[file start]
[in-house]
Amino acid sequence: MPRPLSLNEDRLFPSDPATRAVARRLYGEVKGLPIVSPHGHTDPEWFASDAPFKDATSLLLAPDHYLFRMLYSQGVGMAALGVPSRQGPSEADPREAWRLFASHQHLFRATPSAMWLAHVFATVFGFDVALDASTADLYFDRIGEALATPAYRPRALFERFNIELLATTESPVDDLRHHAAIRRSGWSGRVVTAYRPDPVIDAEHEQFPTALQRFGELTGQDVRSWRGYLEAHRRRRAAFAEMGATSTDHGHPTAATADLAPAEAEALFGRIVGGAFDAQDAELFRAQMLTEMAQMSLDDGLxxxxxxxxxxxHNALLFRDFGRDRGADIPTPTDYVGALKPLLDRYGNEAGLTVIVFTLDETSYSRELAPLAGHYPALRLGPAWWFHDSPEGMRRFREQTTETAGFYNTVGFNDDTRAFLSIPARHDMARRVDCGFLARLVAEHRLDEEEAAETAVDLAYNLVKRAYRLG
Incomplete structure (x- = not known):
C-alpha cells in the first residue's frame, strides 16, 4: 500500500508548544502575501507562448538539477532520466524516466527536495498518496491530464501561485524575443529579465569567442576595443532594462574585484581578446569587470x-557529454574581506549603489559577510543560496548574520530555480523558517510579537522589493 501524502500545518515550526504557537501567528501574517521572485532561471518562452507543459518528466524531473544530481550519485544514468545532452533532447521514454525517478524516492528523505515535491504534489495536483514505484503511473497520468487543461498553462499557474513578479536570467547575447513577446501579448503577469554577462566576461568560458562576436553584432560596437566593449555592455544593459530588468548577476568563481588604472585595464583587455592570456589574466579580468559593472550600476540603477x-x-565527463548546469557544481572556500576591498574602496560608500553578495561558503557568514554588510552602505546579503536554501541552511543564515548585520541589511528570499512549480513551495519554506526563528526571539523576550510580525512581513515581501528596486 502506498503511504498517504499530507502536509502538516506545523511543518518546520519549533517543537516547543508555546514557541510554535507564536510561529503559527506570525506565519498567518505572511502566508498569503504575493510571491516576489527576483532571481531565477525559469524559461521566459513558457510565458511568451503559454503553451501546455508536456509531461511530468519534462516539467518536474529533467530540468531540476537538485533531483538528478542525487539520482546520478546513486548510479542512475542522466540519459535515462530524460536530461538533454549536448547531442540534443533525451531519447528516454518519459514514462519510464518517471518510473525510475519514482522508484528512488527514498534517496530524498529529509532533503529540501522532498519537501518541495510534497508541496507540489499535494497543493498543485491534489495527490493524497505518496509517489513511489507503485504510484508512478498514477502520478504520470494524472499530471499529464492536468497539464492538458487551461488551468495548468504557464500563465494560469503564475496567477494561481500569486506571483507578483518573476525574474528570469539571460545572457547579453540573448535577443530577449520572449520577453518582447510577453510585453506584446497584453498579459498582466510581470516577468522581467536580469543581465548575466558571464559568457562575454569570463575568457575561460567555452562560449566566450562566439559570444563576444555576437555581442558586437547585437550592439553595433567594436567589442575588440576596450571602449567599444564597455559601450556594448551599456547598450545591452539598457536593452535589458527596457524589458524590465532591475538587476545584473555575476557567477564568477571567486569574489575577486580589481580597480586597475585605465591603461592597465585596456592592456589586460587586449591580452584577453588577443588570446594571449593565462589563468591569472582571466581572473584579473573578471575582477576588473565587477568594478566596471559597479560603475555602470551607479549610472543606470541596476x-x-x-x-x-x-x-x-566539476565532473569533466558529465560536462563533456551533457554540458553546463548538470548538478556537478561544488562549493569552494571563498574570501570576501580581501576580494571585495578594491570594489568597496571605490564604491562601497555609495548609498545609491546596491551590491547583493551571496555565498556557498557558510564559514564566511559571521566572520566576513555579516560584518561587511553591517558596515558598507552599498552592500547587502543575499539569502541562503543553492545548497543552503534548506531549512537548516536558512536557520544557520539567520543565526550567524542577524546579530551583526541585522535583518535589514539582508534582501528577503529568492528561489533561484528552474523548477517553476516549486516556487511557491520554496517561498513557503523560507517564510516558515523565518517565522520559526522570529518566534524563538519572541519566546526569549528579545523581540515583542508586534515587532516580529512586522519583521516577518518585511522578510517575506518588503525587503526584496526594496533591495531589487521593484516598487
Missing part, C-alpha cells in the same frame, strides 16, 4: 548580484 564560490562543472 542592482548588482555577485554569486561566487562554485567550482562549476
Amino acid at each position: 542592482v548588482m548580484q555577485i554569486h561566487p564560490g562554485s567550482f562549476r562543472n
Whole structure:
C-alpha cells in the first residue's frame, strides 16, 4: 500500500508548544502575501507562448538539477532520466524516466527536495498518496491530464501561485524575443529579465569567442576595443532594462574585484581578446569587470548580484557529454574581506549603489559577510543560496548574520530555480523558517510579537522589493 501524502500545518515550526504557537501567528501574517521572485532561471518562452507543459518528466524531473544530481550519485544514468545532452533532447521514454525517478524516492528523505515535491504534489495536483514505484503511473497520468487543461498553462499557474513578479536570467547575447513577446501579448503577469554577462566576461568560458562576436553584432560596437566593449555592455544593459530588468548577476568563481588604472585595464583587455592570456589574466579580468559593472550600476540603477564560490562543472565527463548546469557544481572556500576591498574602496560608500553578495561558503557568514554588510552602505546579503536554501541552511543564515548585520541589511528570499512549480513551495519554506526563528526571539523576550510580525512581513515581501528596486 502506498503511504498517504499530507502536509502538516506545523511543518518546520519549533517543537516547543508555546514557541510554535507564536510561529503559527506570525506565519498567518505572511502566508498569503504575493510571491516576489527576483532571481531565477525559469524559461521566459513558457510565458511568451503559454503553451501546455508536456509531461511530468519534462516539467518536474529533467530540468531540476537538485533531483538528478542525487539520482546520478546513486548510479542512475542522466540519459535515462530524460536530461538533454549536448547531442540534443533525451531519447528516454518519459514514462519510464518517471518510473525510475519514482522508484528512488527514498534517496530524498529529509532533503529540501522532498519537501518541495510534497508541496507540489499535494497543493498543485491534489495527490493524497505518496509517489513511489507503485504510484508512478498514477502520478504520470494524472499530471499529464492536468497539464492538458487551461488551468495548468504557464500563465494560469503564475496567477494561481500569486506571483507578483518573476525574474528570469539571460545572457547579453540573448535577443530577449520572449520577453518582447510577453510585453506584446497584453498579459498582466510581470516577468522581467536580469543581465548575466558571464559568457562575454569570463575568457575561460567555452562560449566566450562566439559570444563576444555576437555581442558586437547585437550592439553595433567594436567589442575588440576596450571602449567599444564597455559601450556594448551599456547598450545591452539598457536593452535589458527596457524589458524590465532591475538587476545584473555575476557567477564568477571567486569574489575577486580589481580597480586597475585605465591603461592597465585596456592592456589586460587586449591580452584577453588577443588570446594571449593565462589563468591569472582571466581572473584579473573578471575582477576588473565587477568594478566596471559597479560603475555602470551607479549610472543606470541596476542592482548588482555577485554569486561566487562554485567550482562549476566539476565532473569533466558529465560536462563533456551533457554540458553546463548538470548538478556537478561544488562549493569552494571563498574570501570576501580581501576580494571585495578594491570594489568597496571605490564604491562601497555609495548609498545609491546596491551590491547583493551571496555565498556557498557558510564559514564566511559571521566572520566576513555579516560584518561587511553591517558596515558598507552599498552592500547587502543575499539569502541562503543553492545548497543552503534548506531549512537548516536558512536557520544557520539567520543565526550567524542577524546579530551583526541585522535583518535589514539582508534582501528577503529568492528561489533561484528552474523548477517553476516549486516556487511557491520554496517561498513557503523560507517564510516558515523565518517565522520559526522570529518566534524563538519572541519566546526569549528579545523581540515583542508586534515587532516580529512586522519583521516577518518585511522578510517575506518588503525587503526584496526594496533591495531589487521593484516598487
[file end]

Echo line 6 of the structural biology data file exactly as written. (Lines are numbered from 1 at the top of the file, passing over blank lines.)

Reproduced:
Amino acid at each position: 542592482v548588482m548580484q555577485i554569486h561566487p564560490g562554485s567550482f562549476r562543472n